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I'm starting an object orientated game engine in Java. My plans for the engine is to be able to split things easily into multi-core loads. My idea is that a Unique (interface with a GetUID() method) gets passed in. The Unique can also implement any number of other interfaces. In this case, the unique can also implement an Entity (having the Compute() and Render() methods) or MouseInputter (having the UpdateMouse() method). In the future, any number of other interfaces can also be added and handled if needed. Then Tick() moves everything forward one step. So far I've not implemented the multi-core parts, but want early feedback to ensure I'm not going astray.

I'd like to know the common weaknesses or pitfalls of my approach. I'm also concerned about the performance impact of running instanceof X times on N objects per loop. Is there a benefit to caching the interfaces? I think I'd use a long with bitmasks, so the overhead is about 16 bytes per object. It's harder to compare the CPU load (fetching from cache vs instanceof). Is caching this value worth the tradeoff, generally? So what I'm getting at is; is my approach scalable or is a different one required?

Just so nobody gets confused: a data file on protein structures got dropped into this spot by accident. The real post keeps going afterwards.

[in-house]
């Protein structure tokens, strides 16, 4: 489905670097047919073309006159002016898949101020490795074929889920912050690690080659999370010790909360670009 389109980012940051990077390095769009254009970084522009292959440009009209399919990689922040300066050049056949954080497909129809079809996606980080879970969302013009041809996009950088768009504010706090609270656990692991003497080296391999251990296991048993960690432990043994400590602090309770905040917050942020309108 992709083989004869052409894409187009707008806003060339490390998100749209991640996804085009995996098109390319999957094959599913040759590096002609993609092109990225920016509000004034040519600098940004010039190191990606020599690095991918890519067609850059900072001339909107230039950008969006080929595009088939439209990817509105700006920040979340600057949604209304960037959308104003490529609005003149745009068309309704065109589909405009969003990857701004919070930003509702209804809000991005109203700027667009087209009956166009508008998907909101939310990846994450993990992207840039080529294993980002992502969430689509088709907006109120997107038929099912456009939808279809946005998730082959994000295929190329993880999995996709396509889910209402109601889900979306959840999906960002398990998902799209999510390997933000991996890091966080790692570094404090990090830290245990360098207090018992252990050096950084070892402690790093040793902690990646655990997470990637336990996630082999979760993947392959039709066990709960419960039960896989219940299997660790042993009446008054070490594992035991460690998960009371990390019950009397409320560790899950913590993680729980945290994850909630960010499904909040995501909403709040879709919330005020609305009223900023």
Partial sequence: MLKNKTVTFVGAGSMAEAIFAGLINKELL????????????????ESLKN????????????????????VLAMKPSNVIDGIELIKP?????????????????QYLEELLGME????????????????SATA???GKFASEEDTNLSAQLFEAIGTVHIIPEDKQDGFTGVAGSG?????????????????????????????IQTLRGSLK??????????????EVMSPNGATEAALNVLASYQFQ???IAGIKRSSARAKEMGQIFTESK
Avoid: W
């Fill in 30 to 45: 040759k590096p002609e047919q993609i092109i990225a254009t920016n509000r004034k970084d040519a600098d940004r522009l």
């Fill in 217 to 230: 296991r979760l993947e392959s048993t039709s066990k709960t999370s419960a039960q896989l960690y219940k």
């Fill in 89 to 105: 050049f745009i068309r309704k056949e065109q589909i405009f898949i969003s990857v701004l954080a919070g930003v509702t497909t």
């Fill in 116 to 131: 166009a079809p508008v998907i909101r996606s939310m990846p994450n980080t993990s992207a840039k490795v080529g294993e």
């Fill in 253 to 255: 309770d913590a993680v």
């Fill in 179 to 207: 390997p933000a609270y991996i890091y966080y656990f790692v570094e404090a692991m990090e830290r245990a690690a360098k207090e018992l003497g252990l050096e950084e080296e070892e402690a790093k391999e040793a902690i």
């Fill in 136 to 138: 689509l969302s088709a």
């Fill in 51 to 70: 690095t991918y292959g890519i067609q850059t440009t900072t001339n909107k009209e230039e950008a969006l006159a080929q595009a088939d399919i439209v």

package com.mygdx.engine;

import java.util.ArrayList;
import java.util.HashMap;

import com.badlogic.gdx.Gdx;
import com.mygdx.game.entity.Entity;
import com.mygdx.game.entity.Unique;
import com.mygdx.game.utils.MouseInputter;

public class Engine {

    private HashMap<String,Unique> things = new HashMap<String,Unique>();
    private long lastComputeMillis;
    private long lastMouseMillis;

    // TODO: implement multicore.
    public Engine(int cores) {

    }

    public void Tick() {
        this.UpdateMouse();
        this.Compute();
        this.Render();
    }
    
    public void AddObject(Unique o) {
        things.put(o.GetUID(), o);
    }
    
    public boolean Remove(String o) {
        if( this.things.containsKey(o) ) {
            things.remove(o);
            return true;
        }
        return false;